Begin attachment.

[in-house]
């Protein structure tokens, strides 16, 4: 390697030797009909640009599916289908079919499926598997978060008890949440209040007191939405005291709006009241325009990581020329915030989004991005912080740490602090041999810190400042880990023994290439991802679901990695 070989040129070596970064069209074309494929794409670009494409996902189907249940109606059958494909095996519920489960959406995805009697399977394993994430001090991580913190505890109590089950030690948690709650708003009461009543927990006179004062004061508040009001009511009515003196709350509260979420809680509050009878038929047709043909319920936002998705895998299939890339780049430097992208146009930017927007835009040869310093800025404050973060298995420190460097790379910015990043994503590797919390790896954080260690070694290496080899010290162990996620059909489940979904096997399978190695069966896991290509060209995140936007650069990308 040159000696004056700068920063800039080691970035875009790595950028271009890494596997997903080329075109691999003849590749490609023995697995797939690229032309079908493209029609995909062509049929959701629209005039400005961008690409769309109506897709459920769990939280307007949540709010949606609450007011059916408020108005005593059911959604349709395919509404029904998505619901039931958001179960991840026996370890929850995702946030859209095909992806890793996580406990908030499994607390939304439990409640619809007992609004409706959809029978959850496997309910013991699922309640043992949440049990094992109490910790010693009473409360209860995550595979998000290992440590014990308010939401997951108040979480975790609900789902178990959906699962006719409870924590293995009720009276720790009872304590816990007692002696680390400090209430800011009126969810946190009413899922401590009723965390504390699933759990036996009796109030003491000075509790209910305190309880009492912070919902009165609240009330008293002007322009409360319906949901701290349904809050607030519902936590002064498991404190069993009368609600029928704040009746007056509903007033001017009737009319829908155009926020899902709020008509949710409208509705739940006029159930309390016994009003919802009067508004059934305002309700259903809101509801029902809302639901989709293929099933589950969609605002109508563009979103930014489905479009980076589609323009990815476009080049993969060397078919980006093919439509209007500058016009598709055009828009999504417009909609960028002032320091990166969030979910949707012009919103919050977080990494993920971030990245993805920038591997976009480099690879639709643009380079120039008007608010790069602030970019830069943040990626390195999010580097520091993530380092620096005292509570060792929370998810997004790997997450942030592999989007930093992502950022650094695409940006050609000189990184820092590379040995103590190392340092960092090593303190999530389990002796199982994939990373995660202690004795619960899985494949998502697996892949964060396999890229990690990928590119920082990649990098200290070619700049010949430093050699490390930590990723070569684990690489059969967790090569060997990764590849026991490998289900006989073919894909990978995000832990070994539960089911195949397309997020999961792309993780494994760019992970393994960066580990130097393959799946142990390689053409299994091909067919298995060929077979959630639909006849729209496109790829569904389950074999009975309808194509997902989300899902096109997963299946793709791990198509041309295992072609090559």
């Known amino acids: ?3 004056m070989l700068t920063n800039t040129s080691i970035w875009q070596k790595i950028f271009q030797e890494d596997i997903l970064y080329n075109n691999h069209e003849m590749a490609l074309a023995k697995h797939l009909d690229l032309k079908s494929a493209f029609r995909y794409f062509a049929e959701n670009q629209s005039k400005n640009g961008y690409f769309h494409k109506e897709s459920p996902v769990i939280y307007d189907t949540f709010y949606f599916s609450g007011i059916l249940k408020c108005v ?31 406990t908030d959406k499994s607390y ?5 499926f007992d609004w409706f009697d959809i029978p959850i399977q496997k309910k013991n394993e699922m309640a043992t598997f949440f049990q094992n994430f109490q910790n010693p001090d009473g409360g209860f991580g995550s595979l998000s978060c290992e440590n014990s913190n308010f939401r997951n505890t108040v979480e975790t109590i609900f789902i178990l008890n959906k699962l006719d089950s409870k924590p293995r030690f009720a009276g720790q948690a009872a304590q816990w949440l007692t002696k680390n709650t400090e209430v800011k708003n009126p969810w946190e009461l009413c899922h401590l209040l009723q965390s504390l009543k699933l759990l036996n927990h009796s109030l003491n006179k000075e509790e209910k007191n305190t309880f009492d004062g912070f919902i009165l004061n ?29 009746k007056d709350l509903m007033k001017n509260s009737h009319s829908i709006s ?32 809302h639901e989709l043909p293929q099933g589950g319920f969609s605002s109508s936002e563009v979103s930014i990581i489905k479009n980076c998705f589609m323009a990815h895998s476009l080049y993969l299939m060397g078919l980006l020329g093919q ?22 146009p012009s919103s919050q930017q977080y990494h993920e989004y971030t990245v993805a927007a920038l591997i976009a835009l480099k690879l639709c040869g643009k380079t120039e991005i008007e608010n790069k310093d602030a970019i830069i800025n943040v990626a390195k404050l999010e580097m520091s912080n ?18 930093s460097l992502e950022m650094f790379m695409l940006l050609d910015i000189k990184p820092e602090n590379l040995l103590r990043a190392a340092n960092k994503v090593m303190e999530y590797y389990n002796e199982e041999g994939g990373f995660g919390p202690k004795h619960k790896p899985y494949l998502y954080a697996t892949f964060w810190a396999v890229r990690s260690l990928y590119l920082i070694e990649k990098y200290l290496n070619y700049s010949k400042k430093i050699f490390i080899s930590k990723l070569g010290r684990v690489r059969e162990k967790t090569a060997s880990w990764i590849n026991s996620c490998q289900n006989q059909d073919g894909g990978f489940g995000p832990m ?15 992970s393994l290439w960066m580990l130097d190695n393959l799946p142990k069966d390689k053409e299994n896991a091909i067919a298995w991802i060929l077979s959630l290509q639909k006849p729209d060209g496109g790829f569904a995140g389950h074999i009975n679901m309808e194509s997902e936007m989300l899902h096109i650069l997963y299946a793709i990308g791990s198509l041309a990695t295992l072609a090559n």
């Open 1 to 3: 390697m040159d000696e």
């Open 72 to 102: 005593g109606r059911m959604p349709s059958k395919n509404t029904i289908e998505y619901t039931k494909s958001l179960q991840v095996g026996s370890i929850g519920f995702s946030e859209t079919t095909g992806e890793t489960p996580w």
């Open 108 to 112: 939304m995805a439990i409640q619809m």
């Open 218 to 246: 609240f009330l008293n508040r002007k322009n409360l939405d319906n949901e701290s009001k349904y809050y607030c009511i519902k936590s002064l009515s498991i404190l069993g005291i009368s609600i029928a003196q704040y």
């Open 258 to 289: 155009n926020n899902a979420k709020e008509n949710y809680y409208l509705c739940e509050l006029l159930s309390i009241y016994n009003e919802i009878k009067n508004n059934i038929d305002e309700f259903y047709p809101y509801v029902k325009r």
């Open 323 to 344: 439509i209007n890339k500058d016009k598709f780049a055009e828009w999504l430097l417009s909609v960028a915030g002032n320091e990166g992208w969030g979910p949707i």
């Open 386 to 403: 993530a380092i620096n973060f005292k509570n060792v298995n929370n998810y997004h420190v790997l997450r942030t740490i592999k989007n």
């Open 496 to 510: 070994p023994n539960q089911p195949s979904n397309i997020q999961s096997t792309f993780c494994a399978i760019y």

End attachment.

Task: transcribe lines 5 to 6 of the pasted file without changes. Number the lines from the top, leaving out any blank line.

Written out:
């Open 72 to 102: 005593g109606r059911m959604p349709s059958k395919n509404t029904i289908e998505y619901t039931k494909s958001l179960q991840v095996g026996s370890i929850g519920f995702s946030e859209t079919t095909g992806e890793t489960p996580w």
């Open 108 to 112: 939304m995805a439990i409640q619809m």